Media practitioners, security experts and officers, and researchers gathered at the bidding of the Premium Times Centre of Investigative Journalism (PTCIJ) for a roundtable discussion in Abuja on Thursday.
The event, which was supported by Free Press Unlimited, focused on strengthening collaboration between media and security actors towards ensuring social peace.
PTCIJ Executive Director, Dapo Olorunyomi, giving his opening remarks, noted that there would inevitably be areas of conflict as security personnel went about their duties of ensuring peace while journalists fulfilled their obligation to hold institutions of power accountable.
“You can’t be in this country and not be sorry about how things are going … The idea is for us to sit together and think about this and work out pathways and fresh means of engagement,” he said.
The dialogue was intended to improve relations between the two groups, improve the quality of conflict and security reporting in Nigeria, as well as lead to a better understanding of such concepts as “national security” and “national interest” as they relate to the work of journalists.
Some of those in attendance were the First Secretary at the Netherlands Embassy in Nigeria, Cornelia Looije; Director Defence Information (DDI) Maj.-Gen. Benjamin Sawyerr; Nigerian Air Force spokesperson Air Commodore Edward Gabkwet; and former army spokesperson General Sani Kukasheka Usman (retd).
The journalists and media executives included Premium Times Editor-in-Chief Musikilu Mojeed; Daily Trust Editor Hamza Idris; Chief Executive Officer at Yerwa Express Abdulhamid Al-Gazali, Director of News at Arise News Sumner Sambo; Head of Defence\Security Affairs at Guardian Nigeria Sunday Odita; Arise News presenter Amaka Okoye; Premium Times multimedia journalist Titilope Fadare; ICIR investigative reporter Lukman Abolade; and HumAngle Investigations Editor ‘Kunle Adebajo.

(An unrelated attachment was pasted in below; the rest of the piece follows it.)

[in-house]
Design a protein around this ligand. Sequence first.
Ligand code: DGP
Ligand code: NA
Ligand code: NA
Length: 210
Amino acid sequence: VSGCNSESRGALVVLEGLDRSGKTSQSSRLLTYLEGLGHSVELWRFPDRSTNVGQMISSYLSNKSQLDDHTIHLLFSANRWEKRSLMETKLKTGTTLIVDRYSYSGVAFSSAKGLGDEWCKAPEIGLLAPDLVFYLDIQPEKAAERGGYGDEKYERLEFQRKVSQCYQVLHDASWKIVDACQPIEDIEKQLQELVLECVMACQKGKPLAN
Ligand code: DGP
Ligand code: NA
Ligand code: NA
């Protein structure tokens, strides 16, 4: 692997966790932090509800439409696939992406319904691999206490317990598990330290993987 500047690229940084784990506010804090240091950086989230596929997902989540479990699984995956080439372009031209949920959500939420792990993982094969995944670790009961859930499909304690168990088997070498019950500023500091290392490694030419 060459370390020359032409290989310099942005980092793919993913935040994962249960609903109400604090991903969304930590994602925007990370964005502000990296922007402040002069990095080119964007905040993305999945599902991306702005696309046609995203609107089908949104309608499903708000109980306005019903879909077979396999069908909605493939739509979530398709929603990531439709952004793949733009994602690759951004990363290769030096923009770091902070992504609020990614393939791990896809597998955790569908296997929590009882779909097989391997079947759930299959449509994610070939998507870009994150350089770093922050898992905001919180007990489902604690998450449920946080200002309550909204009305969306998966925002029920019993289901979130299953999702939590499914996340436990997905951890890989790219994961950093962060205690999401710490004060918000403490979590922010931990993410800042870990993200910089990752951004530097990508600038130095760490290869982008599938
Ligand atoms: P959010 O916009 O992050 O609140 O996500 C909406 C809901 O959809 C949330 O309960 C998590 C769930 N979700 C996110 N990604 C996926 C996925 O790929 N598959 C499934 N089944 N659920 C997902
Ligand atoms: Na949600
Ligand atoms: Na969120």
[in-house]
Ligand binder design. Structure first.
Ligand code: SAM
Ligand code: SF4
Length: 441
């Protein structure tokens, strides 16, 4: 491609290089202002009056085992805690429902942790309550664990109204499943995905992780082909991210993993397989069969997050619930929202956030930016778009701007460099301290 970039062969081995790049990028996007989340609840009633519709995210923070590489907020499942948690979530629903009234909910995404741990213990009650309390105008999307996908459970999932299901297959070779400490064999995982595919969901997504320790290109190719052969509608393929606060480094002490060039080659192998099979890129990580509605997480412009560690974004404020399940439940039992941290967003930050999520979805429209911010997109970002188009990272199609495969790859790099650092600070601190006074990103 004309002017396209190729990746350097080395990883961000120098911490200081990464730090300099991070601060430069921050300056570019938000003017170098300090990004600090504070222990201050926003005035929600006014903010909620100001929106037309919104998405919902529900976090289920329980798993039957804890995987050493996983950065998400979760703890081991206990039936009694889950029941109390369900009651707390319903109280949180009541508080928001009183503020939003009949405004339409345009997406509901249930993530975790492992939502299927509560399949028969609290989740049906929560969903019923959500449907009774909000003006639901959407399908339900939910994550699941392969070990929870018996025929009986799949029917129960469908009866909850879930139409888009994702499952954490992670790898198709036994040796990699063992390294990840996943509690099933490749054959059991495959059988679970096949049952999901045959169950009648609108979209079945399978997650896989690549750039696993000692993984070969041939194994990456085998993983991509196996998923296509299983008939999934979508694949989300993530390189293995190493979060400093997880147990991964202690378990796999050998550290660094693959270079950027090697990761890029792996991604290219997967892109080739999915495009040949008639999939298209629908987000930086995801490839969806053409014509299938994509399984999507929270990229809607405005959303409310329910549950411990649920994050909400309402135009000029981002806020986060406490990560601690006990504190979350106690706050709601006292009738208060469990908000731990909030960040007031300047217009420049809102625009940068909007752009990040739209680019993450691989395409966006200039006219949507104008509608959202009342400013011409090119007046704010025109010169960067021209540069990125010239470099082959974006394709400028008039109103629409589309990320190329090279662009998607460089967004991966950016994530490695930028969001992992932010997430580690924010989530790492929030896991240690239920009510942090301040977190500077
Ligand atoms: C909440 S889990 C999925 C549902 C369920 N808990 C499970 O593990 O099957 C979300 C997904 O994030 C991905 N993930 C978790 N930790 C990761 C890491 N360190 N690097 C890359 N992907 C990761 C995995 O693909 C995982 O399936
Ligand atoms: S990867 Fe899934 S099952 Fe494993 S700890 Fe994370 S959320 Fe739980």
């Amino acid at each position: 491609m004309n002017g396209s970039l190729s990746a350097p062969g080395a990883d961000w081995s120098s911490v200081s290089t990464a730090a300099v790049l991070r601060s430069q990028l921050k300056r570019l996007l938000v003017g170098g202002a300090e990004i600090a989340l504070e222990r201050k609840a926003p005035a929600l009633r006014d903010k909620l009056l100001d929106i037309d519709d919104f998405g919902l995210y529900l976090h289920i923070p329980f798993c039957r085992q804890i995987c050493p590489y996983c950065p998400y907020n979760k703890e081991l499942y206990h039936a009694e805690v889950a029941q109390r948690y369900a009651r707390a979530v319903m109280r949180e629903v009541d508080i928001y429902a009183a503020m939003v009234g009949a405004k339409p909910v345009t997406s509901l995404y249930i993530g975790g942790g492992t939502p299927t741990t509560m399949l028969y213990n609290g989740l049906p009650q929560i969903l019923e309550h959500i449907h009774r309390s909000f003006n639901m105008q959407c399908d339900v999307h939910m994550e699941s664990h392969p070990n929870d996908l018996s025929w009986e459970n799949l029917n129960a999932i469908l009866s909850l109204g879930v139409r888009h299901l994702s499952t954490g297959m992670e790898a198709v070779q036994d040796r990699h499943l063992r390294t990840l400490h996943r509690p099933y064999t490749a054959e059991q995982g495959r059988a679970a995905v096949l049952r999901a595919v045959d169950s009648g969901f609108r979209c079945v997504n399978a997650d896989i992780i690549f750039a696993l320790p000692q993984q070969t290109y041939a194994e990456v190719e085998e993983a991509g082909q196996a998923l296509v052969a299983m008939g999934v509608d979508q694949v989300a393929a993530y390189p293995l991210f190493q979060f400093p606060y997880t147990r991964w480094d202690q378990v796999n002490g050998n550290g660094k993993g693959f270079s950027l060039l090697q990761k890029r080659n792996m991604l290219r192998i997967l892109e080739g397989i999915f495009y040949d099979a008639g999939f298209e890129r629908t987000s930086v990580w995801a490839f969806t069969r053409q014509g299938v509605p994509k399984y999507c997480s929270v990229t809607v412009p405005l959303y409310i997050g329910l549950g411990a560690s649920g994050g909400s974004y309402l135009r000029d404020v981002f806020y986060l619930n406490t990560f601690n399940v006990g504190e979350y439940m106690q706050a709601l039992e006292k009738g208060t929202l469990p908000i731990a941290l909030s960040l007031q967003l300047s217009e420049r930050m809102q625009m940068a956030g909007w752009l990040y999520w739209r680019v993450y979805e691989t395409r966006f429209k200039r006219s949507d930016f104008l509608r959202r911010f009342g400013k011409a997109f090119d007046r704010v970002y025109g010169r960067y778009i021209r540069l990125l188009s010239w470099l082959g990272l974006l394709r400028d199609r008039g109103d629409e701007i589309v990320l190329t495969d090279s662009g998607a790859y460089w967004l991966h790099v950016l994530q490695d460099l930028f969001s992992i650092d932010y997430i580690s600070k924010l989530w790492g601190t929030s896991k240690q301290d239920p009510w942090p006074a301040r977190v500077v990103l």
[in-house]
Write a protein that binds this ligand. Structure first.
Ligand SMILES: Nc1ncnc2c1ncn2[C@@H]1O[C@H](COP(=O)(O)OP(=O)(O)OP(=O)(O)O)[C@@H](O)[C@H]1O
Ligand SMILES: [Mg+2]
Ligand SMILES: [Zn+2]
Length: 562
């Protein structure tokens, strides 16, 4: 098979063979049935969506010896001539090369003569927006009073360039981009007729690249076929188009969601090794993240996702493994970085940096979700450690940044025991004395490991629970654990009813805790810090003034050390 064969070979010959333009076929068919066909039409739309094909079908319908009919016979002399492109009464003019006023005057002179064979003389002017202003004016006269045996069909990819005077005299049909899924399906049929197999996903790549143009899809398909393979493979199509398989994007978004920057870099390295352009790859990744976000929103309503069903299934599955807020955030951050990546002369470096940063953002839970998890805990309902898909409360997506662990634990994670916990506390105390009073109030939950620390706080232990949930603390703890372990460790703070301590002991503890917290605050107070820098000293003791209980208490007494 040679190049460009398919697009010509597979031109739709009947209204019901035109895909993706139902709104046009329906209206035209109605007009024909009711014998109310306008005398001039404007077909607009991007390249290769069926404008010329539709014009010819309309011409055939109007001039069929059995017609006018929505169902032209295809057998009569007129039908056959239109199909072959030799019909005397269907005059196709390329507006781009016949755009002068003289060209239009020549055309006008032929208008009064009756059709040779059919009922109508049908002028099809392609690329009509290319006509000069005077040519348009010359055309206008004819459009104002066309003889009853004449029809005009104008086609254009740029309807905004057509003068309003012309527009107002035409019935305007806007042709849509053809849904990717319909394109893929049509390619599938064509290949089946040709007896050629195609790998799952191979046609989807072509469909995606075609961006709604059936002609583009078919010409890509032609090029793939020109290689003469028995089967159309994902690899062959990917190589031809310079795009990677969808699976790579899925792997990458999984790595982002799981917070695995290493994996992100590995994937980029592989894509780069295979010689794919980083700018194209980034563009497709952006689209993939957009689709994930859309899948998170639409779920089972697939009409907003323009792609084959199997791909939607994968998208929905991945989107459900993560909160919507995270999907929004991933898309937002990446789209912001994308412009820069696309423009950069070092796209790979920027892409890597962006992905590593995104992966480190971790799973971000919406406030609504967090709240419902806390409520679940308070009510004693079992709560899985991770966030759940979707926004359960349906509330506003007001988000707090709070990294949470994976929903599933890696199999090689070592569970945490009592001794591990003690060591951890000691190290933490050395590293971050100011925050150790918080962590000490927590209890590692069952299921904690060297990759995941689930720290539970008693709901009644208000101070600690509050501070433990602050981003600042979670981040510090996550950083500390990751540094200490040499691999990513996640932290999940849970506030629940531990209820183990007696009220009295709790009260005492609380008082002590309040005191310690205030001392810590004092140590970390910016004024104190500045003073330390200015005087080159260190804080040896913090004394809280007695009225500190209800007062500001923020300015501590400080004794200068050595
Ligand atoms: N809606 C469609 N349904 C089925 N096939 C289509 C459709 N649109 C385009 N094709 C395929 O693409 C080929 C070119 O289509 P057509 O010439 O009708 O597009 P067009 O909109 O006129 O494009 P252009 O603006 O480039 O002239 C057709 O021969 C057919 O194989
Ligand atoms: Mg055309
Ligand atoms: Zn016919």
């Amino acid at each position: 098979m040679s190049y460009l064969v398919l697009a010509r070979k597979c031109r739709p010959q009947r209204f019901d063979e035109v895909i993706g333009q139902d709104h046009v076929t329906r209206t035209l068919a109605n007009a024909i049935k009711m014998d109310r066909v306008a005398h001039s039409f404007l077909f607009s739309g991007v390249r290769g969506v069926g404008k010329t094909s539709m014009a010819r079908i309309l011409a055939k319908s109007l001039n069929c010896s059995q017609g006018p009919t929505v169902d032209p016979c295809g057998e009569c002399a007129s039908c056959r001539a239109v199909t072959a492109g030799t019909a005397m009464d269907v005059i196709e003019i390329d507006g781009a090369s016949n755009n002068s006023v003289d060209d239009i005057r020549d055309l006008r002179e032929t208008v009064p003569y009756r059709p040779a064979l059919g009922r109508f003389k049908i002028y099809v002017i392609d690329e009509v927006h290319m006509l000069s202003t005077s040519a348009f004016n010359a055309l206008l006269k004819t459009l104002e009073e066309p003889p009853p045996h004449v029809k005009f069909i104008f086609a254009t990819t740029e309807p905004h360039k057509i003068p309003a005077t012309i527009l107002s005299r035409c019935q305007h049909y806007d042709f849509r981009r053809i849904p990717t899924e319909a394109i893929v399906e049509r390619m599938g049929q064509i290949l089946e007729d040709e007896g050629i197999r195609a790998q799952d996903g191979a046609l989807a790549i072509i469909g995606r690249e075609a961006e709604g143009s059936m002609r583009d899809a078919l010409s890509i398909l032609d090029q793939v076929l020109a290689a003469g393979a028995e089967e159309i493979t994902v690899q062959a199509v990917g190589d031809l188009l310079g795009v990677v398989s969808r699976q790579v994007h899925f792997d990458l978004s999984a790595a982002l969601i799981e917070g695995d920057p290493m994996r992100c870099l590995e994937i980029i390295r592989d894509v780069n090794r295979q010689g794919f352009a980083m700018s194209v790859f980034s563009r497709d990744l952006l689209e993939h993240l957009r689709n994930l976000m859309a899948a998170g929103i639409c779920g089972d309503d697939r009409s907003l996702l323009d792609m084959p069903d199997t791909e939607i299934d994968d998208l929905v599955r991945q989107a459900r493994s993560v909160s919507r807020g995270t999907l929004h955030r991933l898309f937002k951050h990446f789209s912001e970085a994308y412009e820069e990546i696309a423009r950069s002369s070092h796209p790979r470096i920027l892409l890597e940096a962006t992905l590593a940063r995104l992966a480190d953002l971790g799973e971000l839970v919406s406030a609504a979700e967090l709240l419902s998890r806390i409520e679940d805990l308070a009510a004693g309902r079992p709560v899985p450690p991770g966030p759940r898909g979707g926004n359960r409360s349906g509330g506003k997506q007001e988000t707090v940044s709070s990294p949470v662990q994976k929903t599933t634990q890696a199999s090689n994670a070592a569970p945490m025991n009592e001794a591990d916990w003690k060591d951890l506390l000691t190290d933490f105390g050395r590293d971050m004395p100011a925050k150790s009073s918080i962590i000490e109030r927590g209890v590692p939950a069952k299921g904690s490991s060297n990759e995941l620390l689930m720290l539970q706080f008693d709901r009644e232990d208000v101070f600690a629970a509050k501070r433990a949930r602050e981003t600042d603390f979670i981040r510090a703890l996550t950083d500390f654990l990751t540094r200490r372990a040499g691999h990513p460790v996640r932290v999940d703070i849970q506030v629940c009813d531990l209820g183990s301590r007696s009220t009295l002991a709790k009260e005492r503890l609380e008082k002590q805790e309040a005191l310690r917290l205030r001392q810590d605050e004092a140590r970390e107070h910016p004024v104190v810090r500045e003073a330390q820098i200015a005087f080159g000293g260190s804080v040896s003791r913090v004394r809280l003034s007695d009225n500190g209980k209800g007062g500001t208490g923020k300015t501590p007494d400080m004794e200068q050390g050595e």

Also in attendance were researcher and senior lecturer at the University of Maiduguri, Dr Yagana Bukar and Professors Olawale Albert and Adesina Afolayan of the University of Ibadan. The dialogue was moderated by broadcaster and investigative journalist Ejiro Umukoro.
The participants agreed there was a trust deficit between the media and security sector, pointed out shortcomings on either side, and recommended ways through which smoother interactions could be fostered. Some of the suggestions included embedding more journalists at the war theatre, training journalists to better understand how military structures operate, encouraging context analysis in reports, proactive disclosure and accountability on the part of security agencies, as well as ensuring there is mutual respect during interactions.
The investigative journalism centre had, in July, held a workshop to build the capacity of media practitioners to report conflict issues in Nigeria.
PTCIJ Programme Director Oluwatosin Alagbe assured the participants that the dialogue yesterday was not a one-off event as more are needed to continue to promote better working relations between the various actors for the sake of peace.
Support Our Journalism
There are millions of ordinary people affected by conflict in Africa whose stories are missing in the mainstream media. HumAngle is determined to tell those challenging and under-reported stories, hoping that the people impacted by these conflicts will find the safety and security they deserve.
To ensure that we continue to provide public service coverage, we have a small favour to ask you. We want you to be part of our journalistic endeavour by contributing a token to us.
Your donation will further promote a robust, free, and independent media.Donate Here